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A U.K. university professor says she was deplatformed by the Canadian government over her views on transgender issues.

University College London sociology professor Alice Sullivan had been scheduled to give an online presentation to staff at the Canadian Department of Justice on International Women’s Day last Friday. 

Her talk was to be about data collection on sex, which is biological, versus gender, which isn’t.

Canada now collects self-reported, gender-based data by “default,” after it became the first country to collect and publish official data on gender identity through its national census several years ago.

Sullivan takes issue with this approach and planned to raise that in her remarks.

“In Canada, government data collection defaults to ‘gender’ instead of sex,” Sullivan told the Telegraph. “My talk would have discussed the value of collecting data on both, rather than avoiding data collection on sex.”

Sullivan was booked to speak to Department of Justice staff, but after reviewing the presentation she planned to give, Sullivan says she was uninvited.

“After I had sent my slides, I received a phone call from a member of the department saying that she had been told to cancel the event,” Sullivan said.

No formal explanation was given. 

“She was not authorized to give me any explanation but indicated that, of course, we both knew what the reason was… you are not allowed to talk about sex in Canada.”

In a statement to True North, a spokesperson for the department said the “employee-organized event” was “cancelled in favour of promoting an event offered by the Canada School of Public Service, a school that offers training and events for public servants.”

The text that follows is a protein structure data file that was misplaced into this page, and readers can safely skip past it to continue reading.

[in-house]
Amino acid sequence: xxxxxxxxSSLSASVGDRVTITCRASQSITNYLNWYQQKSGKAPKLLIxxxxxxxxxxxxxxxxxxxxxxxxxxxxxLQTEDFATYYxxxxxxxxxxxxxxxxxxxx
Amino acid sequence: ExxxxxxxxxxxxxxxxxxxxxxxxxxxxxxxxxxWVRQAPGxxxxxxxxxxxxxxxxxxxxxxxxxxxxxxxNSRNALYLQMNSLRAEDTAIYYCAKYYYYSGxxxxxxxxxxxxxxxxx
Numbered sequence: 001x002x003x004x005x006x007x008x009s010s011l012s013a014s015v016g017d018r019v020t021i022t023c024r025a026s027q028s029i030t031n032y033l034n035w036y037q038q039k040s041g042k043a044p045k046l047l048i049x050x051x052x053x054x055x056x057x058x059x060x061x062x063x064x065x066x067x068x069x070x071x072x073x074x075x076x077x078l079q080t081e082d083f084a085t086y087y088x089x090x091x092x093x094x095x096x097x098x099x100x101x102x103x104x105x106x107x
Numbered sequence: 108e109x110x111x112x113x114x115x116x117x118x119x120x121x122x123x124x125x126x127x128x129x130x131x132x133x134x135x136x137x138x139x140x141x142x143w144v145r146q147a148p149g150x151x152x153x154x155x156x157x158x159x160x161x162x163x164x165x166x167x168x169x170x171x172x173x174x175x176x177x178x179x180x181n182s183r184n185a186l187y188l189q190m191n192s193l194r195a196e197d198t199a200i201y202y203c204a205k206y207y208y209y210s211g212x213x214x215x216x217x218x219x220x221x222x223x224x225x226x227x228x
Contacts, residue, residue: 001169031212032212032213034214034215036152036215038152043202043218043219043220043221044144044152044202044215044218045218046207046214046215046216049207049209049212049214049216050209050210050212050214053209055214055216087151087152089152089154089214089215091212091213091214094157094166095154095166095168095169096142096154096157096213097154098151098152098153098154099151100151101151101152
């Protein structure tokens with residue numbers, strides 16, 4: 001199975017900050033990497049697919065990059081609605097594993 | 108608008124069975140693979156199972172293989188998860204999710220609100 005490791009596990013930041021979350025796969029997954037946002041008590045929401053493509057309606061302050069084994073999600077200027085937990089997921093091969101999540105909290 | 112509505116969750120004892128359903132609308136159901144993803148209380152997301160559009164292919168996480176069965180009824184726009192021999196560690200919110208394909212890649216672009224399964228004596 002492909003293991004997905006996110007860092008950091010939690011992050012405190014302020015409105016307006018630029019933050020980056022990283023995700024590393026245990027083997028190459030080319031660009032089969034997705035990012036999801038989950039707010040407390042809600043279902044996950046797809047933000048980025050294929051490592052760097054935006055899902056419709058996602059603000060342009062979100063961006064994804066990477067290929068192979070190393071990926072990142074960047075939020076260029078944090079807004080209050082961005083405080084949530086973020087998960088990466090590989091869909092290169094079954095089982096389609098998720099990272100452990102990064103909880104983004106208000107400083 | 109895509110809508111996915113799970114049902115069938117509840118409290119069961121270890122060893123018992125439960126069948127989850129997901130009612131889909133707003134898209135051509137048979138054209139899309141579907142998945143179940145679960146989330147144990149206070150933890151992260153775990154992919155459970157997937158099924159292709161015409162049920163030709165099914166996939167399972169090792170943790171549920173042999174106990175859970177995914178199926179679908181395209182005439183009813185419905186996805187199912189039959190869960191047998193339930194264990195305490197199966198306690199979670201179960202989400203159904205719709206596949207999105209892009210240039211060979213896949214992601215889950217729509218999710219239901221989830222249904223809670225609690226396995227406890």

“This event aligned more closely with the theme of the International Women’s Day 2024 – Investing in Women and Accelerating Progress,” the spokesperson said. “Notice of the cancellation was given to Dr. Sullivan well in advance of the employee event: more than two weeks prior to the original event date.”

According to a 2018 report released by the Treasury Board of Canada Secretariat and the Department of Justice, “departments and agencies should collect or display gender information by default, unless sex information is specifically needed.”

The departments believe that collecting data in that manner would “ensure that the gender of transgender, non-binary and two-spirit individuals is accurately represented.”

Roughly 59,000 Canadians said they were transgender with another 41,300 who responded that they were non-binary.

Since 2022, all government departments and agencies have been mandated to ask people for their gender instead of their sex as a matter of official policy.

Within the scientific community, a fierce debate wages on about how data should be collected, particularly when conflating gender identity and biological sex in conducting research. 

Sullivan, who is an expert in data on sex and gender identity, has voiced her discontent with academics being deplatformed over their analysis of transgender issues.

She was appointed to lead an official review of data on sex and gender by the UK’s Department of Science, Innovation and Technology last month, making her cancelled talk with the Canadian government all the more perplexing.

“Surely they should want to open up the conversation,” said Sullivan. “Clearly, there are some people in the Department of Justice who want to do that, or I wouldn’t have been invited in the first place, but they have been shut down.”